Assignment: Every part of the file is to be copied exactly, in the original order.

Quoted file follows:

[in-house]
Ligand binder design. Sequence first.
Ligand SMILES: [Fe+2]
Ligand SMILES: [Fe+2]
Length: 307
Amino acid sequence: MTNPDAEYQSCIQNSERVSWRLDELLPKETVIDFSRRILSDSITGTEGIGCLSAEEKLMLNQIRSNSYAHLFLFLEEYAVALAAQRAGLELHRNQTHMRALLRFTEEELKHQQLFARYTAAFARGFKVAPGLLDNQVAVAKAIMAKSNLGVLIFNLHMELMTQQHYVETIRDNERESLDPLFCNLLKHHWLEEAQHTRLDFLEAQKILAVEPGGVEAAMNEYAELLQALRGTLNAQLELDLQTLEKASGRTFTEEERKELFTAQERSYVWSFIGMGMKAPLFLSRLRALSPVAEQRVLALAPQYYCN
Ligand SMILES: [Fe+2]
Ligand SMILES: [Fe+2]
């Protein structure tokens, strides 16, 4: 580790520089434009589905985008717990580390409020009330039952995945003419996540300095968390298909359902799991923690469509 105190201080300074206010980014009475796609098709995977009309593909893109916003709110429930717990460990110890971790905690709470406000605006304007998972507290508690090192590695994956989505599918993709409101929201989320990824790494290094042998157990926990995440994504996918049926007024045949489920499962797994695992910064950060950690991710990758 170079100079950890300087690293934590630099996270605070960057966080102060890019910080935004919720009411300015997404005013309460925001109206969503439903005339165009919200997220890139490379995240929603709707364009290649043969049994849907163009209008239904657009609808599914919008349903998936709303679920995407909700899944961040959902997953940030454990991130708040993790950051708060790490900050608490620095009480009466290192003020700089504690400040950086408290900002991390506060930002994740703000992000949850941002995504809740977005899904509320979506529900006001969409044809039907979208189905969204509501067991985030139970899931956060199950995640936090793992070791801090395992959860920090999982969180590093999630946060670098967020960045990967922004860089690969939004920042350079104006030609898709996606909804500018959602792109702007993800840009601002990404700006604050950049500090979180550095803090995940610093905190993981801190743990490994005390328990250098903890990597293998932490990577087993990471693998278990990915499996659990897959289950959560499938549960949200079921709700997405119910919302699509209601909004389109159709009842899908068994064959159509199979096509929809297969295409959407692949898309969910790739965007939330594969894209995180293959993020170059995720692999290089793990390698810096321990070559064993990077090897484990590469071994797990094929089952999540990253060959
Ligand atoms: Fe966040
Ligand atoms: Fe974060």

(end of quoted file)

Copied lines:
[in-house]
Ligand binder design. Sequence first.
Ligand SMILES: [Fe+2]
Ligand SMILES: [Fe+2]
Length: 307
Amino acid sequence: MTNPDAEYQSCIQNSERVSWRLDELLPKETVIDFSRRILSDSITGTEGIGCLSAEEKLMLNQIRSNSYAHLFLFLEEYAVALAAQRAGLELHRNQTHMRALLRFTEEELKHQQLFARYTAAFARGFKVAPGLLDNQVAVAKAIMAKSNLGVLIFNLHMELMTQQHYVETIRDNERESLDPLFCNLLKHHWLEEAQHTRLDFLEAQKILAVEPGGVEAAMNEYAELLQALRGTLNAQLELDLQTLEKASGRTFTEEERKELFTAQERSYVWSFIGMGMKAPLFLSRLRALSPVAEQRVLALAPQYYCN
Ligand SMILES: [Fe+2]
Ligand SMILES: [Fe+2]
């Protein structure tokens, strides 16, 4: 580790520089434009589905985008717990580390409020009330039952995945003419996540300095968390298909359902799991923690469509 105190201080300074206010980014009475796609098709995977009309593909893109916003709110429930717990460990110890971790905690709470406000605006304007998972507290508690090192590695994956989505599918993709409101929201989320990824790494290094042998157990926990995440994504996918049926007024045949489920499962797994695992910064950060950690991710990758 170079100079950890300087690293934590630099996270605070960057966080102060890019910080935004919720009411300015997404005013309460925001109206969503439903005339165009919200997220890139490379995240929603709707364009290649043969049994849907163009209008239904657009609808599914919008349903998936709303679920995407909700899944961040959902997953940030454990991130708040993790950051708060790490900050608490620095009480009466290192003020700089504690400040950086408290900002991390506060930002994740703000992000949850941002995504809740977005899904509320979506529900006001969409044809039907979208189905969204509501067991985030139970899931956060199950995640936090793992070791801090395992959860920090999982969180590093999630946060670098967020960045990967922004860089690969939004920042350079104006030609898709996606909804500018959602792109702007993800840009601002990404700006604050950049500090979180550095803090995940610093905190993981801190743990490994005390328990250098903890990597293998932490990577087993990471693998278990990915499996659990897959289950959560499938549960949200079921709700997405119910919302699509209601909004389109159709009842899908068994064959159509199979096509929809297969295409959407692949898309969910790739965007939330594969894209995180293959993020170059995720692999290089793990390698810096321990070559064993990077090897484990590469071994797990094929089952999540990253060959
Ligand atoms: Fe966040
Ligand atoms: Fe974060």